China has made some new moves to make it easier for foreign investors to invest in the country. The nation’s primary currency regulator, the State Administration of Foreign Exchange, announced changes to China’s Qualified Foreign Institutional Investors and Renminbi Qualified Foreign Institutional Investors programs, which regulate how overseas investors can purchase Chinese assets. In a statement, the regulator said of the changes, “The convenience of foreign investors to participate in the domestic financial market will be greatly improved again, and China’s bond and stock market will be better and more widely accepted by the international market.”
Under the changes, global funds no longer need approvals to purchase quotas to buy Chinese stocks and bonds. Now, foreigners need only to register before buying Chinese securities. The regulator also removed a $300 billion cap on foreign investment into its financial markets. According to Bloomberg, roughly two-thirds of the cap remained unused as of August 30.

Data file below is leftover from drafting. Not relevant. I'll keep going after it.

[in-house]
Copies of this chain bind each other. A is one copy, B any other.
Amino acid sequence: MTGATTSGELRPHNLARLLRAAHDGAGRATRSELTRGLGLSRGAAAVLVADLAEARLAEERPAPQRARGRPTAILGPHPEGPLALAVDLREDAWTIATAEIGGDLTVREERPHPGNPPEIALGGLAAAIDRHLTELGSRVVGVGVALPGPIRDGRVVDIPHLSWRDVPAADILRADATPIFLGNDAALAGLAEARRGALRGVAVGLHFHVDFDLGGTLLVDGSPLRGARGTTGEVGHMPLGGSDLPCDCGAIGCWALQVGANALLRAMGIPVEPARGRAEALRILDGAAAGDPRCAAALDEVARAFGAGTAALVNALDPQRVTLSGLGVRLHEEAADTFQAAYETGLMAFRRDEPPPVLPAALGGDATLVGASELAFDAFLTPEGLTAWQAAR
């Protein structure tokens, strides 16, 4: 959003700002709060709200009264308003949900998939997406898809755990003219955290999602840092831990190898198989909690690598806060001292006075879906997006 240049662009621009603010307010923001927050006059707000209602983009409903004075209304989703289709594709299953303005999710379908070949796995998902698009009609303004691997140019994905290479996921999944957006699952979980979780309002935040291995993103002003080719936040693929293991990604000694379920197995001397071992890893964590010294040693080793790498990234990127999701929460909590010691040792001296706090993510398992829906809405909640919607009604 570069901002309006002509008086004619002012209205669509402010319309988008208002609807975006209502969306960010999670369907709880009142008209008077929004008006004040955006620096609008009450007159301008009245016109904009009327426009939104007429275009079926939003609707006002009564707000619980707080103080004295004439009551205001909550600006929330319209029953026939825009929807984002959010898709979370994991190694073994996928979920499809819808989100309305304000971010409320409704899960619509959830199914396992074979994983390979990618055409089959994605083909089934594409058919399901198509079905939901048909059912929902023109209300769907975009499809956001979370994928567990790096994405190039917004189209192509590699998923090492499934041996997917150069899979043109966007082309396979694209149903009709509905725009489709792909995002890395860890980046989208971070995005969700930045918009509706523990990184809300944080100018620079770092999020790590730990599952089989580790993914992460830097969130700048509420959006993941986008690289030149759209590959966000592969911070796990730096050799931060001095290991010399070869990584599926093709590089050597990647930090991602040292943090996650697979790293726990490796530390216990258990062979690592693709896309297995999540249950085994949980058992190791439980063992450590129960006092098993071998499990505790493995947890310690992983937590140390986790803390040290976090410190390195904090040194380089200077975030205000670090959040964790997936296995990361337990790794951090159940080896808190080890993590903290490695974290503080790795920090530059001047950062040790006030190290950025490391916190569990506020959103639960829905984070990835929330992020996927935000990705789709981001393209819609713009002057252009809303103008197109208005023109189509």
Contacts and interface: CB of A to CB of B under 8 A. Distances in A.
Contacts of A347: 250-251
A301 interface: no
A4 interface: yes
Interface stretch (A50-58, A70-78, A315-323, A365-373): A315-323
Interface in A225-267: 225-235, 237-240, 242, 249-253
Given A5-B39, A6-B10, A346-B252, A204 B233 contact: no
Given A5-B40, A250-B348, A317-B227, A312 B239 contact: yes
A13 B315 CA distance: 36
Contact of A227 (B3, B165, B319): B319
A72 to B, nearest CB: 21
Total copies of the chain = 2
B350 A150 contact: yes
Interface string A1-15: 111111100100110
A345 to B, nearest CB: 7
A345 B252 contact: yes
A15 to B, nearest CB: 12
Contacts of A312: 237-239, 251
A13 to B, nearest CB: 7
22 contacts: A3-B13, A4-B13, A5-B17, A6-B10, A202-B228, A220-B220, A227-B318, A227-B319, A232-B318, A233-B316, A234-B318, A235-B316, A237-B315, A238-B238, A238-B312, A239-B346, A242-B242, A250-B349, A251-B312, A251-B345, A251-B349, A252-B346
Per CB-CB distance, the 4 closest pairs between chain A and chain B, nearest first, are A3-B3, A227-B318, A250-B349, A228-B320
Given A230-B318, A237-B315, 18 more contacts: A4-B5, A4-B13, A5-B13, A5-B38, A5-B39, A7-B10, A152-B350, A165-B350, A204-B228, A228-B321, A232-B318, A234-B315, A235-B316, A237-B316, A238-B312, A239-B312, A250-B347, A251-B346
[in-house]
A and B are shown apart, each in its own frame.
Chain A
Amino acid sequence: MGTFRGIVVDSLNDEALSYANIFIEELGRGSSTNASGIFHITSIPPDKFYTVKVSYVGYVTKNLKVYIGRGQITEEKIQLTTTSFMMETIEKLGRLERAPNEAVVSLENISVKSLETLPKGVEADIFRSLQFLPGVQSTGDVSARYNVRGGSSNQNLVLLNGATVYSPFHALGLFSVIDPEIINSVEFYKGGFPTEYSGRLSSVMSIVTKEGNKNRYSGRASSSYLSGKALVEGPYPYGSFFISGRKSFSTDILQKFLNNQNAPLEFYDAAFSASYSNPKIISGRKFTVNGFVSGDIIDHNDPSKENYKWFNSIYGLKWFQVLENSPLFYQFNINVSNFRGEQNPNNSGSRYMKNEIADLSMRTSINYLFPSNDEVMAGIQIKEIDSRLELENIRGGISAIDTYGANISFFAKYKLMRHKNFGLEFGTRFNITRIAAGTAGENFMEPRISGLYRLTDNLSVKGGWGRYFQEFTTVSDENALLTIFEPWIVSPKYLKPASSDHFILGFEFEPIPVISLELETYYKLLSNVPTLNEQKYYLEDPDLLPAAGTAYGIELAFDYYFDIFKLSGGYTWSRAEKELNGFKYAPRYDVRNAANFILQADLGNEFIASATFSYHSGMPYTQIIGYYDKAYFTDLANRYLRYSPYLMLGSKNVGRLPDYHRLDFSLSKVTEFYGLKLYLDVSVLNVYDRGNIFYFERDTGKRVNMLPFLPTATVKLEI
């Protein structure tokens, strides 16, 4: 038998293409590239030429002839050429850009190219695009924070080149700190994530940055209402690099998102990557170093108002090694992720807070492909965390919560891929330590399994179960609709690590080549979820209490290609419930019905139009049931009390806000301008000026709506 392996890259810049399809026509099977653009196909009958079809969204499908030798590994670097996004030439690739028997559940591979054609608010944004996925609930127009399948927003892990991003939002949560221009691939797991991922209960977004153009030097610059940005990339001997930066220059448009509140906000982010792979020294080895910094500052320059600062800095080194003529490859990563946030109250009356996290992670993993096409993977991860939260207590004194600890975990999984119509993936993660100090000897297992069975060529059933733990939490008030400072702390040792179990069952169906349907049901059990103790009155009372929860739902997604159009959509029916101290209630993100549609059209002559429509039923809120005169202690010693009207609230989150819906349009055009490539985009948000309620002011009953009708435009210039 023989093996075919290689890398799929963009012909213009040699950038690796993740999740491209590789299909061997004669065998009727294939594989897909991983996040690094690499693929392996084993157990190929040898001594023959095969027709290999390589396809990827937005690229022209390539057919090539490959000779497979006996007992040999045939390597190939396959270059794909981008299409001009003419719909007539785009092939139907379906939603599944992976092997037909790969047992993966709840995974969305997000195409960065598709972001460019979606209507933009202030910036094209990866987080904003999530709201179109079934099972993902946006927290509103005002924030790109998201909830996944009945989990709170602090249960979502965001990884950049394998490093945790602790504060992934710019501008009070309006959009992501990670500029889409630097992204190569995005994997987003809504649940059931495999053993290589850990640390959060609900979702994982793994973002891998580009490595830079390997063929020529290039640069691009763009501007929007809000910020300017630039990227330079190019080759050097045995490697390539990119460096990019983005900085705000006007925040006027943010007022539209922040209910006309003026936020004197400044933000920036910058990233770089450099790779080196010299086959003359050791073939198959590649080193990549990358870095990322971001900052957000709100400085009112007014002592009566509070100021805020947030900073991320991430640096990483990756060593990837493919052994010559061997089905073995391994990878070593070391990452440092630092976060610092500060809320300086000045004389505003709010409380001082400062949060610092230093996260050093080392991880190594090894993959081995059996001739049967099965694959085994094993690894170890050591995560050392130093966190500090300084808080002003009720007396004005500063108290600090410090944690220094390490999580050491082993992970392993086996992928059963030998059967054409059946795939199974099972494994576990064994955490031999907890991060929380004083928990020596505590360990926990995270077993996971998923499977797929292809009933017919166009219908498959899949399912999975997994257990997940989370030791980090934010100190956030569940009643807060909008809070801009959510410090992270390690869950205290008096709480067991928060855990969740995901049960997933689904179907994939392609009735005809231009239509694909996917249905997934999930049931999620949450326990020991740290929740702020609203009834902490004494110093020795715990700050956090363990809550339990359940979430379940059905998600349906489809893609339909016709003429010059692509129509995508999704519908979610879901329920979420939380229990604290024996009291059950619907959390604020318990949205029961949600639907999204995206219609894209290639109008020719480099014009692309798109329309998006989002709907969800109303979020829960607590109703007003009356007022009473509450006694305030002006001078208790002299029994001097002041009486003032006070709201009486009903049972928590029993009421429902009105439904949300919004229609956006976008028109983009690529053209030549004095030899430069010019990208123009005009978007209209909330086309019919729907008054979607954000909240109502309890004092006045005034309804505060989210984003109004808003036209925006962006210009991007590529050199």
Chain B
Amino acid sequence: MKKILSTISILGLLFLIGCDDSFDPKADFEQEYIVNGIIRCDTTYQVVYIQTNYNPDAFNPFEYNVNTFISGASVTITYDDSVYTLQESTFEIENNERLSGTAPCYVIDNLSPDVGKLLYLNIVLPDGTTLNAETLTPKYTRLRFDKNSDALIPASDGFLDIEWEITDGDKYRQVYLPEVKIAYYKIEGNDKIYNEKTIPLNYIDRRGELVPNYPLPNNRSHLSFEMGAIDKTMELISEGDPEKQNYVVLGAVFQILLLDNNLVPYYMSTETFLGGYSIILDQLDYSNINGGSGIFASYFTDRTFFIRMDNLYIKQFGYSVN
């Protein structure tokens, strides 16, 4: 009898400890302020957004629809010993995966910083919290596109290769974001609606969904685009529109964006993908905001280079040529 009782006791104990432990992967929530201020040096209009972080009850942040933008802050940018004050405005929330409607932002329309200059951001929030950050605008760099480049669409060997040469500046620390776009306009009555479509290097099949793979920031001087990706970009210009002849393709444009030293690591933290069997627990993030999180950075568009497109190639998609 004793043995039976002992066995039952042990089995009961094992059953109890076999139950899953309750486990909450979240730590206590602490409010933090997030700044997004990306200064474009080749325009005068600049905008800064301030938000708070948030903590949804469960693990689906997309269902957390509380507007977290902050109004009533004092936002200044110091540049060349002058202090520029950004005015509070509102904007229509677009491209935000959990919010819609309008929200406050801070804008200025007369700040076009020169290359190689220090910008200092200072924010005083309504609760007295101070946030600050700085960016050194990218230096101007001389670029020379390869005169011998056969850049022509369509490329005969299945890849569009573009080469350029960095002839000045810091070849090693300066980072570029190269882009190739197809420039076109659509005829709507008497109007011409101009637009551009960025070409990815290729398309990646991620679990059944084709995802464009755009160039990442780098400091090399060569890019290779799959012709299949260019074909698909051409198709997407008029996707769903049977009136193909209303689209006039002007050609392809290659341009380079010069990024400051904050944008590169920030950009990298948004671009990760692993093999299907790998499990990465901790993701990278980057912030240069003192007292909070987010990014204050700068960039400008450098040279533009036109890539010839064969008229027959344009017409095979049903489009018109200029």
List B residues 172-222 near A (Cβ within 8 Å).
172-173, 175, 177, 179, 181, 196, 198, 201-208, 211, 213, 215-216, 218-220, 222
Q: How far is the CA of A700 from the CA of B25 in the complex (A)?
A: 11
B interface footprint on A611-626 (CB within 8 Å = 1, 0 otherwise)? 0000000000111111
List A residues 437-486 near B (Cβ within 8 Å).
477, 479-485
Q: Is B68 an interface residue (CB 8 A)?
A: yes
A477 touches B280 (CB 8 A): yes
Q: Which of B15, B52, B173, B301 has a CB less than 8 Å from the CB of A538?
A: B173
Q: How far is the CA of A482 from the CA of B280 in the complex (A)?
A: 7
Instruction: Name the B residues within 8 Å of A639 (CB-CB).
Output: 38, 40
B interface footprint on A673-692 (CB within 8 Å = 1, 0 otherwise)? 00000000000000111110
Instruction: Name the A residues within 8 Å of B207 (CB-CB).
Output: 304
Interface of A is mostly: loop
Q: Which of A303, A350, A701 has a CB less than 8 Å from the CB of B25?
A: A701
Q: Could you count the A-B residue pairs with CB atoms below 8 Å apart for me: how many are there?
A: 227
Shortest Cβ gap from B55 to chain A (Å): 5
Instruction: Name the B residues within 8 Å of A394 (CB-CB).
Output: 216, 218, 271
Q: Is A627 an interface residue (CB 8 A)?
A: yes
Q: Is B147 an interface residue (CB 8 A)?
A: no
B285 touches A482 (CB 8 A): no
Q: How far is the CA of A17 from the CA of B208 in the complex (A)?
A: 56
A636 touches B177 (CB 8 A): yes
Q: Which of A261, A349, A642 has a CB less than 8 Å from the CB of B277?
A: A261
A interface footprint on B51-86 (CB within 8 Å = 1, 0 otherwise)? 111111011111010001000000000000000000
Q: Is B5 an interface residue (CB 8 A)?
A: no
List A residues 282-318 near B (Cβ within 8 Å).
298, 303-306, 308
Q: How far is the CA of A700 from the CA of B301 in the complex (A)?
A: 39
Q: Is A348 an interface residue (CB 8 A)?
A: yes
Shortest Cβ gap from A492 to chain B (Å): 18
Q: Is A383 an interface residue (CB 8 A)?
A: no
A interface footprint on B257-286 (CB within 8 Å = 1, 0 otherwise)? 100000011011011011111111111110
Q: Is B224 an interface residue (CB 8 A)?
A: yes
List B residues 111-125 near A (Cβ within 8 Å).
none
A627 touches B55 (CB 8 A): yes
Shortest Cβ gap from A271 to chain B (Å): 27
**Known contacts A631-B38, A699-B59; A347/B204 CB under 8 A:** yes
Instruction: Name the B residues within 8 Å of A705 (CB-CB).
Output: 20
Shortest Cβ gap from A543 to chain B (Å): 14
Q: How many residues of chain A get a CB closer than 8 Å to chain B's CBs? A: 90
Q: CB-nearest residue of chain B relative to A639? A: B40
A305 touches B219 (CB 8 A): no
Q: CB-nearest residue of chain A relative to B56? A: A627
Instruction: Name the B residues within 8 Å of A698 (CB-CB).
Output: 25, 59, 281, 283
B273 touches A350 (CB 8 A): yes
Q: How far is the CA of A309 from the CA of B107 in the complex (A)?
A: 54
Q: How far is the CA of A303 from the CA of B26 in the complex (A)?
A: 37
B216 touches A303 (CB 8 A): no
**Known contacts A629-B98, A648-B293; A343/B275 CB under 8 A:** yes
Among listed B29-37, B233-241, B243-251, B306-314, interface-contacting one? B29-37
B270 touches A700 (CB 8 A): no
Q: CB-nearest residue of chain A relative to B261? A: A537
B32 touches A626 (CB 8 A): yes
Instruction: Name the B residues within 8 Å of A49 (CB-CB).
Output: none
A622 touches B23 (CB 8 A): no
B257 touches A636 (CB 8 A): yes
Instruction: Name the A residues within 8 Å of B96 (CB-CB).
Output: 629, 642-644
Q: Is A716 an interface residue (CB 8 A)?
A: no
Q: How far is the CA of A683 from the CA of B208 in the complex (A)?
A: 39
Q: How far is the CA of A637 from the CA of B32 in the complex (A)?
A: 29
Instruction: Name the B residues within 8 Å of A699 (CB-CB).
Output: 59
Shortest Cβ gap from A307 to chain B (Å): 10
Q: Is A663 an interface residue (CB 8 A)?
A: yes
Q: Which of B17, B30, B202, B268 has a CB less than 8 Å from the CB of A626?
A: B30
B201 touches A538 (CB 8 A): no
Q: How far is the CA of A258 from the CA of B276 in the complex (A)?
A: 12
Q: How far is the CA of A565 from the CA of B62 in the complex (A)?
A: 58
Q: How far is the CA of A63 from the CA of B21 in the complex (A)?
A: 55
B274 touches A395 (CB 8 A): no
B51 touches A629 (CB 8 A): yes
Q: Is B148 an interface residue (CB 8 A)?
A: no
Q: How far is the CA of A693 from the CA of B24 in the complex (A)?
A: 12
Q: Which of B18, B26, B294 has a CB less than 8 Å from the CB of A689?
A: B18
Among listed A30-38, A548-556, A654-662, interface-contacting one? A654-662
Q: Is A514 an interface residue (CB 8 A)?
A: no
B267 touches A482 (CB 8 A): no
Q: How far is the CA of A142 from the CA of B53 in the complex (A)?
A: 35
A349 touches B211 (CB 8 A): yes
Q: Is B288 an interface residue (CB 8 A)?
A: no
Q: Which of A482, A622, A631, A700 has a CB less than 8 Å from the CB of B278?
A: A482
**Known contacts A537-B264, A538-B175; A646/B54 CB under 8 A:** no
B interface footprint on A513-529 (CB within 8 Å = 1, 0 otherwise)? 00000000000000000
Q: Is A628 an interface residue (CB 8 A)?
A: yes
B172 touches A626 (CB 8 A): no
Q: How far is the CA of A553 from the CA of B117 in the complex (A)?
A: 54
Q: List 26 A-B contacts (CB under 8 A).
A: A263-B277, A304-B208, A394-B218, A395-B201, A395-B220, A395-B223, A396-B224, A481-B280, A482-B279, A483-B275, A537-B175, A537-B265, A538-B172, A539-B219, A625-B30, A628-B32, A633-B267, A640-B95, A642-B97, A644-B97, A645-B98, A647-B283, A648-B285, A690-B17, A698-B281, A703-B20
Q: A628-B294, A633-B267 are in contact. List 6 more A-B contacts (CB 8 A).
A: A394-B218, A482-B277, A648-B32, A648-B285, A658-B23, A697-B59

The move is just the latest attempt by the Chinese to attract more foreign investors to its financial system. The country has been slowly loosening the reins since 2000, when the nation was negotiating its entry in to the World Trade Organization. One of the biggest moves was to allow foreign banks and insurers to take controlling stakes in their local ventures. UBS Group AG, JPMorgan Chase & Co., and Nomura Holdings Inc. have all won approval for their bids while Goldman Sachs Group Inc. and DBS Group Holdings Ltd. have applications pending. Last year, China removed lock-in periods and allowed investors who used the quotas to repatriate their money at any time. Previously, there were limits on the amount foreigners could take out of the country at one time. According to a lawyer who asked not to be identified discussing client matters, a few years ago, one major fund waited almost four months to get approval to repatriate investment proceeds to its headquarters.